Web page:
To help managers and HR professionals to be more effective at managing restructuring initiatives, it is important for them to know the proper way to communicate the news of a termination, to ensure that departing employees are treated with dignity and respect, while also minimizing the potential negative impact of a downsizing.
The following is a five-step process for managers and HR professionals to ensure a successful involuntary separation:
- Prepare the materials: The decision to lay off one or a group of employees is a business decision, one that should be supported by sound reasoning, good judgment and hard facts. Be prepared to explain the rationale to departing employees and have all severance information available in writing (notification letter, salary continuation/severance period; benefits; outplacement, etc.).
- Prepare the message: The act of termination is one of the most difficult and demanding responsibilities of a manager. To minimize the risk of becoming emotional or losing focus during the termination meeting, write the script you will use during the meeting and the key information you will convey to remaining employees. Keep it short and to the point, and practice ahead of time, so that the messages are clear in your mind. Do not deviate from your predetermined messages, and keep the meeting under 15 minutes.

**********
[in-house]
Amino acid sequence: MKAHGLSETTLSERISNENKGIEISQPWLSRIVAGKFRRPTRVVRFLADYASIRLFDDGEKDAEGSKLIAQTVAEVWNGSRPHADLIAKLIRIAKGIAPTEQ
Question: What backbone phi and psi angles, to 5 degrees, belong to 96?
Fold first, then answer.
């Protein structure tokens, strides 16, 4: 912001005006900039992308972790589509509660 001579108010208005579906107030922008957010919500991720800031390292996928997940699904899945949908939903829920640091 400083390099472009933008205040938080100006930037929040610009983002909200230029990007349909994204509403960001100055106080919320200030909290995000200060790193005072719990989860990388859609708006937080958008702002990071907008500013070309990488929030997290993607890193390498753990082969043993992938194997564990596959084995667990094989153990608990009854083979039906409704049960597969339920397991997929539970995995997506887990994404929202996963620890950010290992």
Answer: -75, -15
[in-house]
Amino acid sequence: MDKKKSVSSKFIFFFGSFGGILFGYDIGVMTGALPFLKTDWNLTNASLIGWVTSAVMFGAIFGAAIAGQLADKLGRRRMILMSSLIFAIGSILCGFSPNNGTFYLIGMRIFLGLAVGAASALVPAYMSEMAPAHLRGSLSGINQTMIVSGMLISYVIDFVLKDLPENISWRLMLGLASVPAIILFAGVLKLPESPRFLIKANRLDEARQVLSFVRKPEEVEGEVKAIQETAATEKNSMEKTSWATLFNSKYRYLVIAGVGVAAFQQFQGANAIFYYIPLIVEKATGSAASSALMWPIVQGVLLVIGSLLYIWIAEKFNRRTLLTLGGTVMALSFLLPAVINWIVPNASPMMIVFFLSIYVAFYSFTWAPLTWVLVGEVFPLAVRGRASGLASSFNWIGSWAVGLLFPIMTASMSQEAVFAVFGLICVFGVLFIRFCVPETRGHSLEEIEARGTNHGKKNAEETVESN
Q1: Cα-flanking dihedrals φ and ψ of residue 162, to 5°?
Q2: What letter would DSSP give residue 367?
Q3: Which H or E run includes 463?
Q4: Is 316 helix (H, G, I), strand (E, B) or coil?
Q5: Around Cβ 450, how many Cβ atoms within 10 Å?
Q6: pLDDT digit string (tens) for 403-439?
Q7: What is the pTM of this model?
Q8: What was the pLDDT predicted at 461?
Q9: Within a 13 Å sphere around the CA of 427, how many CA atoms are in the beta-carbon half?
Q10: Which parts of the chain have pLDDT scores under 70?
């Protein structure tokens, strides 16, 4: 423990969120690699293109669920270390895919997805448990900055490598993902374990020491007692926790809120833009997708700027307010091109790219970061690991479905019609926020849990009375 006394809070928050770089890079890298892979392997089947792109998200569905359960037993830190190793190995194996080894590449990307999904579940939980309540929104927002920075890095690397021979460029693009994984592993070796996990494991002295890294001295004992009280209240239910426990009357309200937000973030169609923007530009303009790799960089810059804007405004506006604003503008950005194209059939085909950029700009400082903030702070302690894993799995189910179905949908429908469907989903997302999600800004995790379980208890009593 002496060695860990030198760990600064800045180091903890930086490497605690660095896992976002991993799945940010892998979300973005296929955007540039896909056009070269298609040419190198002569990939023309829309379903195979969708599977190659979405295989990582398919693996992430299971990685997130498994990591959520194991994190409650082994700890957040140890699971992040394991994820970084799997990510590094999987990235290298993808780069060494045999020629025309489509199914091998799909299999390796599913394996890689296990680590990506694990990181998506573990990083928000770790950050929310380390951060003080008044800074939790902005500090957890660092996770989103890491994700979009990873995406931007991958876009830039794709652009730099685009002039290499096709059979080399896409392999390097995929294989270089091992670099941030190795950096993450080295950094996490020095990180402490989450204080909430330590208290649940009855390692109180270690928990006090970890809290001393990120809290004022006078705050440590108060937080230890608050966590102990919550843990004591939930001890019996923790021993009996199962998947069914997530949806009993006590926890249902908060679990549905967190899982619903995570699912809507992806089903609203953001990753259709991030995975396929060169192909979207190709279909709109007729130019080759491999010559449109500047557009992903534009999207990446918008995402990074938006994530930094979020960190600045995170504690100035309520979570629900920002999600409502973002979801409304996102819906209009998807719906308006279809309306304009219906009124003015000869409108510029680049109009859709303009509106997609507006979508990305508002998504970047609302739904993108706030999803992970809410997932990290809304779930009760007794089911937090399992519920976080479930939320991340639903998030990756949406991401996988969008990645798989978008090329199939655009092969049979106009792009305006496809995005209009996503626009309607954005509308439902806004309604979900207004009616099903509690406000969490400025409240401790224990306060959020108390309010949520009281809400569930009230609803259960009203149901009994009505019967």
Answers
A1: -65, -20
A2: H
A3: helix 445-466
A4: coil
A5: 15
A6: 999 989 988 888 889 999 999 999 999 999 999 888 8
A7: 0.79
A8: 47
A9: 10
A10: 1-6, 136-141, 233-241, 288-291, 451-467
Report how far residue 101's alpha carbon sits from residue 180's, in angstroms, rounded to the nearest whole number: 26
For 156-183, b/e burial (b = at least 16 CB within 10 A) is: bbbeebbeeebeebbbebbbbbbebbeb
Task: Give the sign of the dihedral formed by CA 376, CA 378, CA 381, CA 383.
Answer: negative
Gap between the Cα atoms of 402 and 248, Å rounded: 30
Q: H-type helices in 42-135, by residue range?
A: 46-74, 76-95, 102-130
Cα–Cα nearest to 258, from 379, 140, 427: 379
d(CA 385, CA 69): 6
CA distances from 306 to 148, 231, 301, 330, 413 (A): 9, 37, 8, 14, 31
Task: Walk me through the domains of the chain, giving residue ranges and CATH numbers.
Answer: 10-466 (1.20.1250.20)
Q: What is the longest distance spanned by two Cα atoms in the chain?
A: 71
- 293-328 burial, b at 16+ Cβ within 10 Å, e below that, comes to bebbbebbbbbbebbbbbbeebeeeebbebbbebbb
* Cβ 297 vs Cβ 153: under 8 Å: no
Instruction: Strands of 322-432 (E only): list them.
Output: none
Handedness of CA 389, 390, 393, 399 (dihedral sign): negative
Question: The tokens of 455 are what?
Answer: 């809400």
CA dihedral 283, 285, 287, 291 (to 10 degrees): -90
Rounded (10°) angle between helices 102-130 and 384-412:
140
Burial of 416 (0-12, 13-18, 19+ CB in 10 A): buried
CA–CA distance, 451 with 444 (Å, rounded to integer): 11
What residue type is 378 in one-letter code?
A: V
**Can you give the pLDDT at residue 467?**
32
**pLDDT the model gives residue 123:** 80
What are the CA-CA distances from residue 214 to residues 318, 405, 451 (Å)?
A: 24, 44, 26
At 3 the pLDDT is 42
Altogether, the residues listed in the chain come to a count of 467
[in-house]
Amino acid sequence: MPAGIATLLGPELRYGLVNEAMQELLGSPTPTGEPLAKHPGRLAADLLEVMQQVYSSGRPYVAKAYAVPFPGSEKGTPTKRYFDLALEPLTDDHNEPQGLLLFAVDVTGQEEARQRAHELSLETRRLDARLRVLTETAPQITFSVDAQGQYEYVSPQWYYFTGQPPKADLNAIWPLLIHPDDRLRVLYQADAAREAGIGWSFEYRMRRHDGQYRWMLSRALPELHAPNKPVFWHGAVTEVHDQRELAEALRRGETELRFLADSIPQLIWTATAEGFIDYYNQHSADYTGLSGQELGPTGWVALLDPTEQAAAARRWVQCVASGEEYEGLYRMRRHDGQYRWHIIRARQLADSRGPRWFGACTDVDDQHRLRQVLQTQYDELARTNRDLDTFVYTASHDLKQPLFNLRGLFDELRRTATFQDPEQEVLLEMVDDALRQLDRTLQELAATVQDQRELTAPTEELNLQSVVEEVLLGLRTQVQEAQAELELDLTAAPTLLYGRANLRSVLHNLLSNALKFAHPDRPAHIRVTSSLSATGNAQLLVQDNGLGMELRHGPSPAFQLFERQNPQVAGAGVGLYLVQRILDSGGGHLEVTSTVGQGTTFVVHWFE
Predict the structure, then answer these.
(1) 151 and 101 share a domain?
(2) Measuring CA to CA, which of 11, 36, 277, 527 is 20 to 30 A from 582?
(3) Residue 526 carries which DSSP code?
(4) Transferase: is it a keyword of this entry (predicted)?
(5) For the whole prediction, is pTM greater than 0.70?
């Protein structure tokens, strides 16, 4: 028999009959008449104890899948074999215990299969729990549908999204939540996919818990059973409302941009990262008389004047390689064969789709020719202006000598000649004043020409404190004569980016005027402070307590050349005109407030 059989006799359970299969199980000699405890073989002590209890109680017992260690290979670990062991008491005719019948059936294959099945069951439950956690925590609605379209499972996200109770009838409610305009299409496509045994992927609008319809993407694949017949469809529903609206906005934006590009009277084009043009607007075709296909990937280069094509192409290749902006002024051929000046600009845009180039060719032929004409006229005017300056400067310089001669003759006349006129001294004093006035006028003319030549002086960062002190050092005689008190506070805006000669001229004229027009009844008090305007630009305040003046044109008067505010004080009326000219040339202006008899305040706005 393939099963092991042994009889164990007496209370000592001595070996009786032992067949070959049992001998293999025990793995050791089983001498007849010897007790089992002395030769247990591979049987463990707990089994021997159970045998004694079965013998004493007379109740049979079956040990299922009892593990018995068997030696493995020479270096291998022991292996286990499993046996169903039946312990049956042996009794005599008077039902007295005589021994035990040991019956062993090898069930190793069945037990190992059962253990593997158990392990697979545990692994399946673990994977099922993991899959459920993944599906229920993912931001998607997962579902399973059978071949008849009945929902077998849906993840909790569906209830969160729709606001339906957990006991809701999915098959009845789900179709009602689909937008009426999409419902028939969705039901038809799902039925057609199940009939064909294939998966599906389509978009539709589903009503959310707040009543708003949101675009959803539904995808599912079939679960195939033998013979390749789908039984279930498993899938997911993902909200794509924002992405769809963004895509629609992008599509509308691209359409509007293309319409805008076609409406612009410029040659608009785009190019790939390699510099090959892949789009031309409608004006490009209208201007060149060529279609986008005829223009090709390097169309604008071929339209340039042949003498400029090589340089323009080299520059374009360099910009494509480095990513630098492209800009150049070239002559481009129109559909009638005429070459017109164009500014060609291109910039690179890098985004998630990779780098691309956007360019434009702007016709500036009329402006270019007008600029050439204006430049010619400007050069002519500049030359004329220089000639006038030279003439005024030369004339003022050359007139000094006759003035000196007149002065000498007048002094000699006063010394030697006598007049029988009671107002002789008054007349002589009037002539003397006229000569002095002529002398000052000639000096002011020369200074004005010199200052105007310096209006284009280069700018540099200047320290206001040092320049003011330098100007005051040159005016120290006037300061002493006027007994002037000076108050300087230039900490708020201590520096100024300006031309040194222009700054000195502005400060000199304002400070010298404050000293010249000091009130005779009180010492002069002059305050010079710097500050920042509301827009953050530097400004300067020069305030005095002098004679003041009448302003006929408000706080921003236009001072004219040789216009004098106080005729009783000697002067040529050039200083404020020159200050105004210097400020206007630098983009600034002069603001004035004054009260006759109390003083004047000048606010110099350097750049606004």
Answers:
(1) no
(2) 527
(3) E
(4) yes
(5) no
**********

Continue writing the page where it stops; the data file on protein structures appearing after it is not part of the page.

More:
- Arrange the next steps: During the separation meeting, emphasize what the employee should do next. Schedule meetings with your organizations human resources and outplacement professionals. Review what should be done with the departing employees personal belongings and specify when the employees should leave the organization. If you help the employee to look to the future, they may be able to rationalize the decision more quickly and understand that you are helping them to move on to new opportunities.
- Prepare yourself emotionally: Don't assume personal responsibility for the termination. Remember it is a business decision based on business needs. Acknowledge your anxiety, prepare your approach, and talk about your feelings with the human resource and outplacement professionals.
- Anticipate employee reactions: There are typically five reactions to termination: anticipation, disbelief, escape, euphoria, or violence. By acknowledging these various reactions and learning to recognize them, you will ensure that no matter what the reaction, you will be prepared to handle it in the best way. If you have an employee from whom you anticipate a violent reaction, you should have a security professional near the meeting place in case of an emergency.
A well-planned separation plan benefits everyone involved -- the employee, the manager and the organization:
- The employee hears and understands the necessary information, knows what to do next, and retains his/her dignity and self-respect throughout the process.
- Manager anxiety is reduced because he/she has had time to analyze the facts of the situation, seek advice from human resources professionals, organize the meeting agenda, anticipate reactions and deal with his/her own emotions.
- For the organization, all legal and ethical responsibilities have been fulfilled, its internal and external images have been preserved, and any negative impact on the morale and productivity of remaining employees has been minimized.
It is in the organization's best interest to take care of departing employees, as it will affect your future recruitment and retention efforts. The way departing employees are treated today will not soon be forgotten by them, by the people with whom they share their experience, or by the employees who are left behind.